Myths about Beta-Convergence
AbstractA popular methodology of studying spatial income inequality is analysis of beta-convergence (i.e. an inverse relationship between current income per capita and its initial level). Its widespread use is based on a belief that the economic growth theory predicts income convergence among economies (countries or regions within a country), and that beta-convergence suggests decreasing income inequality. This article demonstrates that these are nothing but myths; hence, analyzing of betaconvergence cannot serve as an adequate methodology for studying and predicting the evolution of spatial income inequality.
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Date of creation: 01 Nov 2012
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spatial income inequality; convergence; economic growth;
Other versions of this item:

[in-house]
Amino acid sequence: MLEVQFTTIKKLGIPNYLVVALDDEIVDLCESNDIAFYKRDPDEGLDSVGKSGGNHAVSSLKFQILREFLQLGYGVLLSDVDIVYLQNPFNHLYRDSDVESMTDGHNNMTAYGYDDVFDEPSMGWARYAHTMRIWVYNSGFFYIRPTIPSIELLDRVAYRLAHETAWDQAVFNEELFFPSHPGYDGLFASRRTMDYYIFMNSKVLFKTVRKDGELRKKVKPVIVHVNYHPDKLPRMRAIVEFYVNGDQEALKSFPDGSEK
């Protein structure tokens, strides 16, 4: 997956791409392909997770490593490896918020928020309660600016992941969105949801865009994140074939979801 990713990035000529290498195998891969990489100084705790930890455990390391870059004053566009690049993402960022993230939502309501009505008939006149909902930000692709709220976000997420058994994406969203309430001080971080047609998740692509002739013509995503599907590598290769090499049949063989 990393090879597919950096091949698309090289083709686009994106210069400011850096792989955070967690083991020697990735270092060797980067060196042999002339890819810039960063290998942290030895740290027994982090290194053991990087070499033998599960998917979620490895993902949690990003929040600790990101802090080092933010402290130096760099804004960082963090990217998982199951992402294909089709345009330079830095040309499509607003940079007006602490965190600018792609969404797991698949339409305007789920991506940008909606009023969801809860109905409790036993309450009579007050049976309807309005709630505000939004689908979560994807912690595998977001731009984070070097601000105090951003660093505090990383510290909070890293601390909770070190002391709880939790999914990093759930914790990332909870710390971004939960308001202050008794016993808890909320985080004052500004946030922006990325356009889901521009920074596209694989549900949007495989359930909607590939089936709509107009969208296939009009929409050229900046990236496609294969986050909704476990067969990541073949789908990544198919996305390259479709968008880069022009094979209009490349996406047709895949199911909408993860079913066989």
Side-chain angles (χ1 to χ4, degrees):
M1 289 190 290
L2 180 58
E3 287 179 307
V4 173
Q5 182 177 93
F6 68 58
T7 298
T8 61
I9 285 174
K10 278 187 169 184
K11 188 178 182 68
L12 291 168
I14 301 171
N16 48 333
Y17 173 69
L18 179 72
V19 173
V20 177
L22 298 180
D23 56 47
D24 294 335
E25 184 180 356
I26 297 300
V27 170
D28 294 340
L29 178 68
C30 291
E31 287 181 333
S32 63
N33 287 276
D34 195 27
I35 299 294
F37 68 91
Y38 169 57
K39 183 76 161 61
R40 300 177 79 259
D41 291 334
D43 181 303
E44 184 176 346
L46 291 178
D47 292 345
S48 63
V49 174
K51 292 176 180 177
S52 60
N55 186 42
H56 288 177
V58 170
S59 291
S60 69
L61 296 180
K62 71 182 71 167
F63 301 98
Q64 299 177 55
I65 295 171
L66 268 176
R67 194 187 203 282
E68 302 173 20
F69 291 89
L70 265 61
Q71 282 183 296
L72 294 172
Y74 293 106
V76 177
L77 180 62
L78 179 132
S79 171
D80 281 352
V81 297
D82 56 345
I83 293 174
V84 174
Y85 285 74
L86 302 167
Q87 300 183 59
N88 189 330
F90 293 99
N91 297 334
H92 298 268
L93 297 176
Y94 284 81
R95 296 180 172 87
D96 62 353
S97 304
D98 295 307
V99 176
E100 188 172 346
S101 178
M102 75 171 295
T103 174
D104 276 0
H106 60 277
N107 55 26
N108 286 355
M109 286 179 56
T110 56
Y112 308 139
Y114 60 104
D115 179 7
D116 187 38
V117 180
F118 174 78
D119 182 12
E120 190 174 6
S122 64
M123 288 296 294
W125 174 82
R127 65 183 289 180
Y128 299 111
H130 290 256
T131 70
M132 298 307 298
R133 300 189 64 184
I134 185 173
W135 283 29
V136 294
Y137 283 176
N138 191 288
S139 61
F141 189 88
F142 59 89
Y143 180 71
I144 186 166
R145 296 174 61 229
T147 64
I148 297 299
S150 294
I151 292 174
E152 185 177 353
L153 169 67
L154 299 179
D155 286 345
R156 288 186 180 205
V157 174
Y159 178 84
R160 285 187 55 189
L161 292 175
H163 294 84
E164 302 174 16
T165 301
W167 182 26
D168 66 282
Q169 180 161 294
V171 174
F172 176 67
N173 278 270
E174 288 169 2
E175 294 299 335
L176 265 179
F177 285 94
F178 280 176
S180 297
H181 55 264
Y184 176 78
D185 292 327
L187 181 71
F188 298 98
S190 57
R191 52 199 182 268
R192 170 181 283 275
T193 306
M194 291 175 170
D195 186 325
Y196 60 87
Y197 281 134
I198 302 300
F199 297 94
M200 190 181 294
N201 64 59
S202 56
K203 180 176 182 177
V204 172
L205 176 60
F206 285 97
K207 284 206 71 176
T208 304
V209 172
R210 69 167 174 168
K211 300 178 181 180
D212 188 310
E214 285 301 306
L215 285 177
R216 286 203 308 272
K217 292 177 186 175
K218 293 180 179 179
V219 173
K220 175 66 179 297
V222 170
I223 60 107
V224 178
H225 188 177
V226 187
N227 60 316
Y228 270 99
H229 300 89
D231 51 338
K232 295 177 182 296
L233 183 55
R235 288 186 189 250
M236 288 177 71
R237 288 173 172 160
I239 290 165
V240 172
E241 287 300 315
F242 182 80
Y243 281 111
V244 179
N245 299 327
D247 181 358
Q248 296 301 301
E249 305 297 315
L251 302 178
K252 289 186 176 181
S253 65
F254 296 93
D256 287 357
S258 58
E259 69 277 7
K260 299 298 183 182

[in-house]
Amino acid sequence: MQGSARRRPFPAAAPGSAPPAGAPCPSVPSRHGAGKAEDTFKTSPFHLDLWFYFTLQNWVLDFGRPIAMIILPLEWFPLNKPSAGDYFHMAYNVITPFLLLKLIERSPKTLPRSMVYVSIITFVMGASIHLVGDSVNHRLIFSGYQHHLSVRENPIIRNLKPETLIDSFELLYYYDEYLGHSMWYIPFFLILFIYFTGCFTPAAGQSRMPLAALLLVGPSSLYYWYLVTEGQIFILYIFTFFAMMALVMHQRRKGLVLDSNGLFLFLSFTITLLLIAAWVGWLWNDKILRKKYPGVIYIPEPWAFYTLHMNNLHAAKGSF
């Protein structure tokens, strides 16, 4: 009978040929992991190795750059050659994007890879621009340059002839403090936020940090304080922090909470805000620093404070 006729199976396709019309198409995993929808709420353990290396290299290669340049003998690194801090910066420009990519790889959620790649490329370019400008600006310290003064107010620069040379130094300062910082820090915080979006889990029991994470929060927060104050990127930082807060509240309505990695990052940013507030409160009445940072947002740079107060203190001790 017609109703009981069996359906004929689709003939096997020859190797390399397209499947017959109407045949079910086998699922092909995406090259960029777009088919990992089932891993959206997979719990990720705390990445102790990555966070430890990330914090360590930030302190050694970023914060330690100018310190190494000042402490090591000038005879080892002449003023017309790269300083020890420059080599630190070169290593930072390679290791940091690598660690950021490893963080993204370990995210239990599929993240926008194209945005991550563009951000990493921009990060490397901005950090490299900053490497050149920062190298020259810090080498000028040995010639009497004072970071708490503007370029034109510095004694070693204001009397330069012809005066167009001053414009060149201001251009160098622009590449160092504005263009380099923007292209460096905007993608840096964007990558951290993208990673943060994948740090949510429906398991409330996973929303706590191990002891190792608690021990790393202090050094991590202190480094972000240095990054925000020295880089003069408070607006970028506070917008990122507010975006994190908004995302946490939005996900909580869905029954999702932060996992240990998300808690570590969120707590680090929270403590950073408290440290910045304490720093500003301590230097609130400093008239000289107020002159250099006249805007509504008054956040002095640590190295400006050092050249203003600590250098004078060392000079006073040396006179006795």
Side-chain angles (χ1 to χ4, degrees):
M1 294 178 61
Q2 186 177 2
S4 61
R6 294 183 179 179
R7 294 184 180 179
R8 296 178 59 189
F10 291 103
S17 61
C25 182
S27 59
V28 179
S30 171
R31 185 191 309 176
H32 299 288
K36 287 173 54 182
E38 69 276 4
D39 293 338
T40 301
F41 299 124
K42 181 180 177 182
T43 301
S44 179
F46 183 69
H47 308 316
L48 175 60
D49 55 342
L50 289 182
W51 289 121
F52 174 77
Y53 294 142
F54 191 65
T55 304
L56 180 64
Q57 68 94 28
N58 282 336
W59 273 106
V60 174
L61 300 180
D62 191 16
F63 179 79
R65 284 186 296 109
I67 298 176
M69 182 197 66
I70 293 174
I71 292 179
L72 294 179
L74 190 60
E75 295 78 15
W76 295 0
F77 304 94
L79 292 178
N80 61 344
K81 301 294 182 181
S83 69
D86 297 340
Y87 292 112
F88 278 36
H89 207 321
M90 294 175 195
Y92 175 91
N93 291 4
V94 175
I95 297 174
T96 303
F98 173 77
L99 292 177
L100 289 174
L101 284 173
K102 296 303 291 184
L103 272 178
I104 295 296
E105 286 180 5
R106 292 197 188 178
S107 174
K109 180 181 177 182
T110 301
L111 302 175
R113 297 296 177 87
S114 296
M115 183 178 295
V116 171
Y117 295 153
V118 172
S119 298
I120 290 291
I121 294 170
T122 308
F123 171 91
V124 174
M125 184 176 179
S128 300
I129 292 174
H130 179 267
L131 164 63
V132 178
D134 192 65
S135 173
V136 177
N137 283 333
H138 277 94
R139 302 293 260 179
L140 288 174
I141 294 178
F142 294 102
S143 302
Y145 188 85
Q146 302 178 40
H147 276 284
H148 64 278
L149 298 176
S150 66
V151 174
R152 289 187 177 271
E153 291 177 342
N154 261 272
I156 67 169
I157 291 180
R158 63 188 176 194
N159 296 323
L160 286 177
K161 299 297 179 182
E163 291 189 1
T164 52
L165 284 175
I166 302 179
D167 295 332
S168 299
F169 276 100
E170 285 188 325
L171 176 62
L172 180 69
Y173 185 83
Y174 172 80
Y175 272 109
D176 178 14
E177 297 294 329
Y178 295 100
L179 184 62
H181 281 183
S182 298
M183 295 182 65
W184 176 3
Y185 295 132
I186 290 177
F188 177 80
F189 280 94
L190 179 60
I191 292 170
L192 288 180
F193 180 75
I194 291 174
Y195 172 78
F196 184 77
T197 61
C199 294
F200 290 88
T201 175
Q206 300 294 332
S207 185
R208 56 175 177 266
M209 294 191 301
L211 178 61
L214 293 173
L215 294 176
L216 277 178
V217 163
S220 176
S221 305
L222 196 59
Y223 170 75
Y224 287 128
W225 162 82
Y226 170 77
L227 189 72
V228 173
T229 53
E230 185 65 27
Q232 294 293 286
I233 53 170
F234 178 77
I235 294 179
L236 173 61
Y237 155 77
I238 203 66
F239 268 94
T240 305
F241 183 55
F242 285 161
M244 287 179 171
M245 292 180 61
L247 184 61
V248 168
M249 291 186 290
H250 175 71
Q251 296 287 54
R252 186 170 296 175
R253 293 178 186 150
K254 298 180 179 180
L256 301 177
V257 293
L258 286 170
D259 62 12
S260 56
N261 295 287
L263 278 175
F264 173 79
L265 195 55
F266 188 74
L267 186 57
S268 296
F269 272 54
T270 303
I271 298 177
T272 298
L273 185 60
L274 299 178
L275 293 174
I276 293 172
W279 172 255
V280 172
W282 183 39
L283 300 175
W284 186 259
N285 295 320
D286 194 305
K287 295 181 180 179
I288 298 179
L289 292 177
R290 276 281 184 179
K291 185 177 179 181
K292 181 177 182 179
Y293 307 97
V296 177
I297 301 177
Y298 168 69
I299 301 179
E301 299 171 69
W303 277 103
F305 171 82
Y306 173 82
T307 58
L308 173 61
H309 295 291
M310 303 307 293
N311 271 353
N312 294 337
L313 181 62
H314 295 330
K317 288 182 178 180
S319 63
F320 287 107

- Gluschenko, K., 2012. "Myths about Beta-Convergence," Journal of the New Economic Association, New Economic Association, New Economic Association, vol. 16(4), pages 26-44.
- D63 - Microeconomics - - Welfare Economics - - - Equity, Justice, Inequality, and Other Normative Criteria and Measurement
- O11 - Economic Development, Technological Change, and Growth - - Economic Development - - - Macroeconomic Analyses of Economic Development
- O40 - Economic Development, Technological Change, and Growth - - Economic Growth and Aggregate Productivity - - - General
This paper has been announced in the following NEP Reports:
- NEP-ALL-2013-02-03 (All new papers)
- NEP-GEO-2013-02-03 (Economic Geography)
- NEP-PBE-2013-02-03 (Public Economics)
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